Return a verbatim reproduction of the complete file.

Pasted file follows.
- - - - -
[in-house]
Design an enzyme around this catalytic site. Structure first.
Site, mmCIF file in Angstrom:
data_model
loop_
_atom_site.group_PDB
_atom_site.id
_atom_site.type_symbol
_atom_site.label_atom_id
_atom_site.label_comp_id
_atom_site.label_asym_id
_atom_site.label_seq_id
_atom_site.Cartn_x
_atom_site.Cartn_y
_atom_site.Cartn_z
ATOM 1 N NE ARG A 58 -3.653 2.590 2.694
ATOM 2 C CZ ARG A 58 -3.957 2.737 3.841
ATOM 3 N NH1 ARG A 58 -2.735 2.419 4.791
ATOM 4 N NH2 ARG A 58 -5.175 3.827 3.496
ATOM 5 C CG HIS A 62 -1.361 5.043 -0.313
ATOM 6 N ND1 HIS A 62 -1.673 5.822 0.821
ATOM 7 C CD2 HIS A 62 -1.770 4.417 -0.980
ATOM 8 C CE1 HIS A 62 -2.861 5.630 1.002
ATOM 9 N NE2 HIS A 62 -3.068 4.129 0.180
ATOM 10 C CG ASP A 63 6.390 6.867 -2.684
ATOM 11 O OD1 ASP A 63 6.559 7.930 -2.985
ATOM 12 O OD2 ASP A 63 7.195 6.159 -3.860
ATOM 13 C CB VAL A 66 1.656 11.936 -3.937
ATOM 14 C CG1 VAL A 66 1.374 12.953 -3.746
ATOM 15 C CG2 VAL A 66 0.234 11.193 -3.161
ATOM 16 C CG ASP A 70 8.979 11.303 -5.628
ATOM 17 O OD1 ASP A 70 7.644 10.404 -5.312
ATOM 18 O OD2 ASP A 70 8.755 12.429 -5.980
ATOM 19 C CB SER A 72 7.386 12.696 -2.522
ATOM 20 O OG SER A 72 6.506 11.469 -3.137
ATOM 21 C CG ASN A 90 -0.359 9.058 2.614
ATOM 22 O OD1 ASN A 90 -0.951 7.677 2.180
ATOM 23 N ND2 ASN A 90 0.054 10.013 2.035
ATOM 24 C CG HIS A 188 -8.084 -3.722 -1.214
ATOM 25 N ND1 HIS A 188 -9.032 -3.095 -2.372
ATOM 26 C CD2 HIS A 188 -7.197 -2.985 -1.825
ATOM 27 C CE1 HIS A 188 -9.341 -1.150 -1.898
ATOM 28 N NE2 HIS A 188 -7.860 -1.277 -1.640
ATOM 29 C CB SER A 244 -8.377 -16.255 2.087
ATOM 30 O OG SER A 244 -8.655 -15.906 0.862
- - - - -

[in-house]
Design an enzyme around this catalytic site. Structure first.
Site, mmCIF file in Angstrom:
data_model
loop_
_atom_site.group_PDB
_atom_site.id
_atom_site.type_symbol
_atom_site.label_atom_id
_atom_site.label_comp_id
_atom_site.label_asym_id
_atom_site.label_seq_id
_atom_site.Cartn_x
_atom_site.Cartn_y
_atom_site.Cartn_z
ATOM 1 N NE ARG A 58 -3.653 2.590 2.694
ATOM 2 C CZ ARG A 58 -3.957 2.737 3.841
ATOM 3 N NH1 ARG A 58 -2.735 2.419 4.791
ATOM 4 N NH2 ARG A 58 -5.175 3.827 3.496
ATOM 5 C CG HIS A 62 -1.361 5.043 -0.313
ATOM 6 N ND1 HIS A 62 -1.673 5.822 0.821
ATOM 7 C CD2 HIS A 62 -1.770 4.417 -0.980
ATOM 8 C CE1 HIS A 62 -2.861 5.630 1.002
ATOM 9 N NE2 HIS A 62 -3.068 4.129 0.180
ATOM 10 C CG ASP A 63 6.390 6.867 -2.684
ATOM 11 O OD1 ASP A 63 6.559 7.930 -2.985
ATOM 12 O OD2 ASP A 63 7.195 6.159 -3.860
ATOM 13 C CB VAL A 66 1.656 11.936 -3.937
ATOM 14 C CG1 VAL A 66 1.374 12.953 -3.746
ATOM 15 C CG2 VAL A 66 0.234 11.193 -3.161
ATOM 16 C CG ASP A 70 8.979 11.303 -5.628
ATOM 17 O OD1 ASP A 70 7.644 10.404 -5.312
ATOM 18 O OD2 ASP A 70 8.755 12.429 -5.980
ATOM 19 C CB SER A 72 7.386 12.696 -2.522
ATOM 20 O OG SER A 72 6.506 11.469 -3.137
ATOM 21 C CG ASN A 90 -0.359 9.058 2.614
ATOM 22 O OD1 ASN A 90 -0.951 7.677 2.180
ATOM 23 N ND2 ASN A 90 0.054 10.013 2.035
ATOM 24 C CG HIS A 188 -8.084 -3.722 -1.214
ATOM 25 N ND1 HIS A 188 -9.032 -3.095 -2.372
ATOM 26 C CD2 HIS A 188 -7.197 -2.985 -1.825
ATOM 27 C CE1 HIS A 188 -9.341 -1.150 -1.898
ATOM 28 N NE2 HIS A 188 -7.860 -1.277 -1.640
ATOM 29 C CB SER A 244 -8.377 -16.255 2.087
ATOM 30 O OG SER A 244 -8.655 -15.906 0.862